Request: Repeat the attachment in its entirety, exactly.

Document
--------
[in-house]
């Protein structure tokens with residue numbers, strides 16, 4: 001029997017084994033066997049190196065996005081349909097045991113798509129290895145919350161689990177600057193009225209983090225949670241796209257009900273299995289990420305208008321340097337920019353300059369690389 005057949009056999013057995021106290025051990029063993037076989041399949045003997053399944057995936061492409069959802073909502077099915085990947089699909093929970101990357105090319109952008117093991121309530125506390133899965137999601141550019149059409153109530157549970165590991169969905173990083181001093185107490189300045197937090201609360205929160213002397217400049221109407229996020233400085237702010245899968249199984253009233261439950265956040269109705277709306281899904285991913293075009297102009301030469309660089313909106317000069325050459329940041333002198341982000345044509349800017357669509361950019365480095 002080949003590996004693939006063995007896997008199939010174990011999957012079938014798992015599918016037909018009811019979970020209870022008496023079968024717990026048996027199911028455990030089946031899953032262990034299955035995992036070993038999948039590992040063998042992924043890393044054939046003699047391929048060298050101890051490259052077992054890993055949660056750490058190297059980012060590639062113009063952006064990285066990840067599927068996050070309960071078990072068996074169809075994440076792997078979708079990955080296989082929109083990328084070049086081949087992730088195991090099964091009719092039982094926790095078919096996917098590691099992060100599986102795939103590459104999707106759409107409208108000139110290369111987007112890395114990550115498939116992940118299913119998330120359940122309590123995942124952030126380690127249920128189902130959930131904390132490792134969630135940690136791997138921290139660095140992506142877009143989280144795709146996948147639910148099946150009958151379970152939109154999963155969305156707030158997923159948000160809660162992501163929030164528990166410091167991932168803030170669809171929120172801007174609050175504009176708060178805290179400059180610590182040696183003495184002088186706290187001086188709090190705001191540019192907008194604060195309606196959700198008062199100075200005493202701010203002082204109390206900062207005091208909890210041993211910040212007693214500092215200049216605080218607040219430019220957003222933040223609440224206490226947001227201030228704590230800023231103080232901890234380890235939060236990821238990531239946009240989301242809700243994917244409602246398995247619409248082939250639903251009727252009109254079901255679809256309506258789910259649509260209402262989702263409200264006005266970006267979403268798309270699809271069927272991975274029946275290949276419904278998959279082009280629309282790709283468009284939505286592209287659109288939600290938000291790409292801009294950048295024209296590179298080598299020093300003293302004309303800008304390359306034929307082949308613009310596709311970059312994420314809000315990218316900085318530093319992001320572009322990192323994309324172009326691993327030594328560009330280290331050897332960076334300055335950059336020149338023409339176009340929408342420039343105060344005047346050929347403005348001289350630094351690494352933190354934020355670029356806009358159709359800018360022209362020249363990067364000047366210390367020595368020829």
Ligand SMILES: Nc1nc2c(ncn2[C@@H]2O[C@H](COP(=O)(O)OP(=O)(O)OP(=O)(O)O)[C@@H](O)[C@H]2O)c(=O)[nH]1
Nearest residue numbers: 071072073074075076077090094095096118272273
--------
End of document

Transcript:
[in-house]
């Protein structure tokens with residue numbers, strides 16, 4: 001029997017084994033066997049190196065996005081349909097045991113798509129290895145919350161689990177600057193009225209983090225949670241796209257009900273299995289990420305208008321340097337920019353300059369690389 005057949009056999013057995021106290025051990029063993037076989041399949045003997053399944057995936061492409069959802073909502077099915085990947089699909093929970101990357105090319109952008117093991121309530125506390133899965137999601141550019149059409153109530157549970165590991169969905173990083181001093185107490189300045197937090201609360205929160213002397217400049221109407229996020233400085237702010245899968249199984253009233261439950265956040269109705277709306281899904285991913293075009297102009301030469309660089313909106317000069325050459329940041333002198341982000345044509349800017357669509361950019365480095 002080949003590996004693939006063995007896997008199939010174990011999957012079938014798992015599918016037909018009811019979970020209870022008496023079968024717990026048996027199911028455990030089946031899953032262990034299955035995992036070993038999948039590992040063998042992924043890393044054939046003699047391929048060298050101890051490259052077992054890993055949660056750490058190297059980012060590639062113009063952006064990285066990840067599927068996050070309960071078990072068996074169809075994440076792997078979708079990955080296989082929109083990328084070049086081949087992730088195991090099964091009719092039982094926790095078919096996917098590691099992060100599986102795939103590459104999707106759409107409208108000139110290369111987007112890395114990550115498939116992940118299913119998330120359940122309590123995942124952030126380690127249920128189902130959930131904390132490792134969630135940690136791997138921290139660095140992506142877009143989280144795709146996948147639910148099946150009958151379970152939109154999963155969305156707030158997923159948000160809660162992501163929030164528990166410091167991932168803030170669809171929120172801007174609050175504009176708060178805290179400059180610590182040696183003495184002088186706290187001086188709090190705001191540019192907008194604060195309606196959700198008062199100075200005493202701010203002082204109390206900062207005091208909890210041993211910040212007693214500092215200049216605080218607040219430019220957003222933040223609440224206490226947001227201030228704590230800023231103080232901890234380890235939060236990821238990531239946009240989301242809700243994917244409602246398995247619409248082939250639903251009727252009109254079901255679809256309506258789910259649509260209402262989702263409200264006005266970006267979403268798309270699809271069927272991975274029946275290949276419904278998959279082009280629309282790709283468009284939505286592209287659109288939600290938000291790409292801009294950048295024209296590179298080598299020093300003293302004309303800008304390359306034929307082949308613009310596709311970059312994420314809000315990218316900085318530093319992001320572009322990192323994309324172009326691993327030594328560009330280290331050897332960076334300055335950059336020149338023409339176009340929408342420039343105060344005047346050929347403005348001289350630094351690494352933190354934020355670029356806009358159709359800018360022209362020249363990067364000047366210390367020595368020829």
Ligand SMILES: Nc1nc2c(ncn2[C@@H]2O[C@H](COP(=O)(O)OP(=O)(O)OP(=O)(O)O)[C@@H](O)[C@H]2O)c(=O)[nH]1
Nearest residue numbers: 071072073074075076077090094095096118272273